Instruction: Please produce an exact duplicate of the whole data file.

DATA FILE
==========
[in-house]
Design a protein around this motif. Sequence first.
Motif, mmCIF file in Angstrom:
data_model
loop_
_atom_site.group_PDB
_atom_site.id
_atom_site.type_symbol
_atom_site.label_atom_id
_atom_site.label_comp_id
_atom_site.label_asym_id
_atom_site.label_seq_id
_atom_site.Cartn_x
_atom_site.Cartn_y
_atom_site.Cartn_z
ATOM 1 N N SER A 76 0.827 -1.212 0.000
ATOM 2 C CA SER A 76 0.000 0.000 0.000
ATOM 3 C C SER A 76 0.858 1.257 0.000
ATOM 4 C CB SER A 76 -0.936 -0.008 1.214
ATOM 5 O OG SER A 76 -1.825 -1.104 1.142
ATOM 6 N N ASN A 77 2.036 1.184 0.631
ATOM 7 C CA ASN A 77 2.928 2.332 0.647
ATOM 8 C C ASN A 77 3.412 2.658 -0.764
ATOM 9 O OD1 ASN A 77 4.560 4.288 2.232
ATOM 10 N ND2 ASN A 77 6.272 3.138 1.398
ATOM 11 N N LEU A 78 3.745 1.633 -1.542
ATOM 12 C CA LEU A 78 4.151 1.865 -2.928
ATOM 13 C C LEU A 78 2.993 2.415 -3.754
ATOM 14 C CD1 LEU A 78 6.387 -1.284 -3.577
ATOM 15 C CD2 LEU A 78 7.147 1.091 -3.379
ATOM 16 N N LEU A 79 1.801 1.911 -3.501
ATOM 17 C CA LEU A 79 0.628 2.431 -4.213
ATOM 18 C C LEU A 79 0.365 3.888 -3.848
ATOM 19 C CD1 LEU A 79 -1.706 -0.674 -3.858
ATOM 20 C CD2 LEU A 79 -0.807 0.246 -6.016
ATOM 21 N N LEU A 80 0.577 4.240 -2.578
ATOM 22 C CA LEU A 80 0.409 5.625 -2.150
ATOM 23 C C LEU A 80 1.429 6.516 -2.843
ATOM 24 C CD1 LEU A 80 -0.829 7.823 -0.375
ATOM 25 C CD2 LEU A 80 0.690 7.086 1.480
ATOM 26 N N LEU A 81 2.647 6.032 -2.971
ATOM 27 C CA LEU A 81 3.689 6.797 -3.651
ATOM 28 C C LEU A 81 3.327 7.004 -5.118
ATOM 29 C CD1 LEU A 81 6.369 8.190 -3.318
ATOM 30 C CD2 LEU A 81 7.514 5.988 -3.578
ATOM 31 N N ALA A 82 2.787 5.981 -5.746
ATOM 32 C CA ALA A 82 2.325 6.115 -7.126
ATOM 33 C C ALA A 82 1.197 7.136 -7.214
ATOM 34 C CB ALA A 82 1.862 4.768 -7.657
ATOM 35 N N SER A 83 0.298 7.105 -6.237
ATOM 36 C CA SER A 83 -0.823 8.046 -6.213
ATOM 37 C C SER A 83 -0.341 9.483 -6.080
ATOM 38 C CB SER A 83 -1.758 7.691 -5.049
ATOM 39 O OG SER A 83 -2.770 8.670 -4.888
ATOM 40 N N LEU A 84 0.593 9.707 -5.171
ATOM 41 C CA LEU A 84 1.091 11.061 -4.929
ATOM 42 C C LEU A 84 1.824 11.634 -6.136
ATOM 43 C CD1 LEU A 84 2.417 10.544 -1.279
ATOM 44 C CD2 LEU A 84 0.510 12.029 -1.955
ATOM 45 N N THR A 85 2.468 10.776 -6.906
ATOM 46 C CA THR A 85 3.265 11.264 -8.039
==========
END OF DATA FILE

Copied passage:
[in-house]
Design a protein around this motif. Sequence first.
Motif, mmCIF file in Angstrom:
data_model
loop_
_atom_site.group_PDB
_atom_site.id
_atom_site.type_symbol
_atom_site.label_atom_id
_atom_site.label_comp_id
_atom_site.label_asym_id
_atom_site.label_seq_id
_atom_site.Cartn_x
_atom_site.Cartn_y
_atom_site.Cartn_z
ATOM 1 N N SER A 76 0.827 -1.212 0.000
ATOM 2 C CA SER A 76 0.000 0.000 0.000
ATOM 3 C C SER A 76 0.858 1.257 0.000
ATOM 4 C CB SER A 76 -0.936 -0.008 1.214
ATOM 5 O OG SER A 76 -1.825 -1.104 1.142
ATOM 6 N N ASN A 77 2.036 1.184 0.631
ATOM 7 C CA ASN A 77 2.928 2.332 0.647
ATOM 8 C C ASN A 77 3.412 2.658 -0.764
ATOM 9 O OD1 ASN A 77 4.560 4.288 2.232
ATOM 10 N ND2 ASN A 77 6.272 3.138 1.398
ATOM 11 N N LEU A 78 3.745 1.633 -1.542
ATOM 12 C CA LEU A 78 4.151 1.865 -2.928
ATOM 13 C C LEU A 78 2.993 2.415 -3.754
ATOM 14 C CD1 LEU A 78 6.387 -1.284 -3.577
ATOM 15 C CD2 LEU A 78 7.147 1.091 -3.379
ATOM 16 N N LEU A 79 1.801 1.911 -3.501
ATOM 17 C CA LEU A 79 0.628 2.431 -4.213
ATOM 18 C C LEU A 79 0.365 3.888 -3.848
ATOM 19 C CD1 LEU A 79 -1.706 -0.674 -3.858
ATOM 20 C CD2 LEU A 79 -0.807 0.246 -6.016
ATOM 21 N N LEU A 80 0.577 4.240 -2.578
ATOM 22 C CA LEU A 80 0.409 5.625 -2.150
ATOM 23 C C LEU A 80 1.429 6.516 -2.843
ATOM 24 C CD1 LEU A 80 -0.829 7.823 -0.375
ATOM 25 C CD2 LEU A 80 0.690 7.086 1.480
ATOM 26 N N LEU A 81 2.647 6.032 -2.971
ATOM 27 C CA LEU A 81 3.689 6.797 -3.651
ATOM 28 C C LEU A 81 3.327 7.004 -5.118
ATOM 29 C CD1 LEU A 81 6.369 8.190 -3.318
ATOM 30 C CD2 LEU A 81 7.514 5.988 -3.578
ATOM 31 N N ALA A 82 2.787 5.981 -5.746
ATOM 32 C CA ALA A 82 2.325 6.115 -7.126
ATOM 33 C C ALA A 82 1.197 7.136 -7.214
ATOM 34 C CB ALA A 82 1.862 4.768 -7.657
ATOM 35 N N SER A 83 0.298 7.105 -6.237
ATOM 36 C CA SER A 83 -0.823 8.046 -6.213
ATOM 37 C C SER A 83 -0.341 9.483 -6.080
ATOM 38 C CB SER A 83 -1.758 7.691 -5.049
ATOM 39 O OG SER A 83 -2.770 8.670 -4.888
ATOM 40 N N LEU A 84 0.593 9.707 -5.171
ATOM 41 C CA LEU A 84 1.091 11.061 -4.929
ATOM 42 C C LEU A 84 1.824 11.634 -6.136
ATOM 43 C CD1 LEU A 84 2.417 10.544 -1.279
ATOM 44 C CD2 LEU A 84 0.510 12.029 -1.955
ATOM 45 N N THR A 85 2.468 10.776 -6.906
ATOM 46 C CA THR A 85 3.265 11.264 -8.039